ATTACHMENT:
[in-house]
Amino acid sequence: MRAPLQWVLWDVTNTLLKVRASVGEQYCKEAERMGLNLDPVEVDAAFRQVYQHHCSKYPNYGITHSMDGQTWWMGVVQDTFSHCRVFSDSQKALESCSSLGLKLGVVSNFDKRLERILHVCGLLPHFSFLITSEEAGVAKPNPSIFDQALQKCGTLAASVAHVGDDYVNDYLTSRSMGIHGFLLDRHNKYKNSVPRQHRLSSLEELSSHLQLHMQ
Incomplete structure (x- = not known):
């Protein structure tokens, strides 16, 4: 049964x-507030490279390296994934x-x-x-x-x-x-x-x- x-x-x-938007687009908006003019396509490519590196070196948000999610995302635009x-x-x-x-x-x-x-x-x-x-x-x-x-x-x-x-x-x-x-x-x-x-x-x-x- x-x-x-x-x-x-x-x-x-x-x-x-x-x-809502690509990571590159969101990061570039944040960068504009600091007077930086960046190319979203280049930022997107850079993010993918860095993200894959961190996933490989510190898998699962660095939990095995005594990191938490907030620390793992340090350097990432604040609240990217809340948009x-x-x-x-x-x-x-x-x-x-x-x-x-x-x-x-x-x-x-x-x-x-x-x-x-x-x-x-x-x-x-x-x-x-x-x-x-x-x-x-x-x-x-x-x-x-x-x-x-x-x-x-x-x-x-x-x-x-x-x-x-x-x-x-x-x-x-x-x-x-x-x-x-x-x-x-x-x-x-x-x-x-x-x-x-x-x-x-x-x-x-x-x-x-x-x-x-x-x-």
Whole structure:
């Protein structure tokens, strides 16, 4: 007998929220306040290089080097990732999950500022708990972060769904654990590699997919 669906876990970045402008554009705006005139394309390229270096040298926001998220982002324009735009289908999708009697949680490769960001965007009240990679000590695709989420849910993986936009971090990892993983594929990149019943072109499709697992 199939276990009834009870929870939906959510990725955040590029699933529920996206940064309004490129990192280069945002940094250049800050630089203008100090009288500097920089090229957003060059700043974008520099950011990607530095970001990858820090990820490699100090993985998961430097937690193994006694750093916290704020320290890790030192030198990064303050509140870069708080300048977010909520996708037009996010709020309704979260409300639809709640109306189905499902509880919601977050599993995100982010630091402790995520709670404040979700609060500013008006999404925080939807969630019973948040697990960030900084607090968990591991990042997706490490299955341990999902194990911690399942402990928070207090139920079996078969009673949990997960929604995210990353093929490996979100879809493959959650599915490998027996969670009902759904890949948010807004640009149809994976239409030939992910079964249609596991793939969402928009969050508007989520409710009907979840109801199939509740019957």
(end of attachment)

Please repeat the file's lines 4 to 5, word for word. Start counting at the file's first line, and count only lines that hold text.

């Protein structure tokens, strides 16, 4: 049964x-507030490279390296994934x-x-x-x-x-x-x-x- x-x-x-938007687009908006003019396509490519590196070196948000999610995302635009x-x-x-x-x-x-x-x-x-x-x-x-x-x-x-x-x-x-x-x-x-x-x-x-x- x-x-x-x-x-x-x-x-x-x-x-x-x-x-809502690509990571590159969101990061570039944040960068504009600091007077930086960046190319979203280049930022997107850079993010993918860095993200894959961190996933490989510190898998699962660095939990095995005594990191938490907030620390793992340090350097990432604040609240990217809340948009x-x-x-x-x-x-x-x-x-x-x-x-x-x-x-x-x-x-x-x-x-x-x-x-x-x-x-x-x-x-x-x-x-x-x-x-x-x-x-x-x-x-x-x-x-x-x-x-x-x-x-x-x-x-x-x-x-x-x-x-x-x-x-x-x-x-x-x-x-x-x-x-x-x-x-x-x-x-x-x-x-x-x-x-x-x-x-x-x-x-x-x-x-x-x-x-x-x-x-």
Whole structure: